Today on “In the Hive,” the second part of a discussion about the overhaul of America’s land-based nuclear missile program. Utah’s Hill Air Force Base is set to play host to a new Mission Integration Facility that will serve as headquarters for the Ground Based Strategic Deterrent program. Testing of components of a new missile to replace the aging Minuteman III missiles will take place Utah and California. The replacement of the 400 ICBMs located in silos in Montana, Wyoming and North Dakota is slated to cost $83 billion when all is said and done.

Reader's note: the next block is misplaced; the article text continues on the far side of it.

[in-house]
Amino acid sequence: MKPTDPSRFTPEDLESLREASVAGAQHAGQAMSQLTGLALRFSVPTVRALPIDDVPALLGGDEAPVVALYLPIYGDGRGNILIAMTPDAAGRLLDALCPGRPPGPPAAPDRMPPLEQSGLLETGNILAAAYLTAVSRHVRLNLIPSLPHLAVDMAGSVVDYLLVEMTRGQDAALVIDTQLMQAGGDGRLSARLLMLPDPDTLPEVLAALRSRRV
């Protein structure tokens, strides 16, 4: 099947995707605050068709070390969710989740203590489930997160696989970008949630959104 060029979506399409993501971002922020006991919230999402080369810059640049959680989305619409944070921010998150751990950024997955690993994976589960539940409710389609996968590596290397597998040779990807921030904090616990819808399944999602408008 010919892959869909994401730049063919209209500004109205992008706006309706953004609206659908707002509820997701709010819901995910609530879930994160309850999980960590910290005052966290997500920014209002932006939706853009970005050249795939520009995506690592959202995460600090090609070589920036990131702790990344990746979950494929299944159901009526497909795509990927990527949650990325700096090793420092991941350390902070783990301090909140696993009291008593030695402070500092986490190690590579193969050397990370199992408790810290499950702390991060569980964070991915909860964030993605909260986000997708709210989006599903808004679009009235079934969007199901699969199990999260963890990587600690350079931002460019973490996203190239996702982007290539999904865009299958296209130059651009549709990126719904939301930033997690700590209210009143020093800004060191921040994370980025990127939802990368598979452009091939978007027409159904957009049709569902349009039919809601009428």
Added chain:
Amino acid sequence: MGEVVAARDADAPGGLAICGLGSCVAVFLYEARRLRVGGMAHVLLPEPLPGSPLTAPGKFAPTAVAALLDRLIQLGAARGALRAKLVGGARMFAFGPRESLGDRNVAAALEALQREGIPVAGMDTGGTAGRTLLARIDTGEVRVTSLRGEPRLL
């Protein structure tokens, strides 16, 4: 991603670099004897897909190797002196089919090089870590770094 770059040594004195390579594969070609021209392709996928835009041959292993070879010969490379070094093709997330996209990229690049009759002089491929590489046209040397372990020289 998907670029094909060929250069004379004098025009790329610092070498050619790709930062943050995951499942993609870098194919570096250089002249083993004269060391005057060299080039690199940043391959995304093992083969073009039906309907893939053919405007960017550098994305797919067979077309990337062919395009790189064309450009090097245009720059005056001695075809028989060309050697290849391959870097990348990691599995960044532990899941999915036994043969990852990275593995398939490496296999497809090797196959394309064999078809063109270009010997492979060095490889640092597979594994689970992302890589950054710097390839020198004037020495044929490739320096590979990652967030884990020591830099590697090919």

But is the land leg of the U.S. nuclear triad (land, sea, air), still necessary? And just how safe is America’s nuclear arsenal?
Eric Schlosser, journalist and author of the book Command and Control: Nuclear Weapons, the Damascus Accident, and the Illusion of Safety
Information on public comment on the Air Force’s environmental assessment for the GBSD testing program (and Hill Air Force Base and Dugway Proving Ground) can be found here. Comments are due by March 22.
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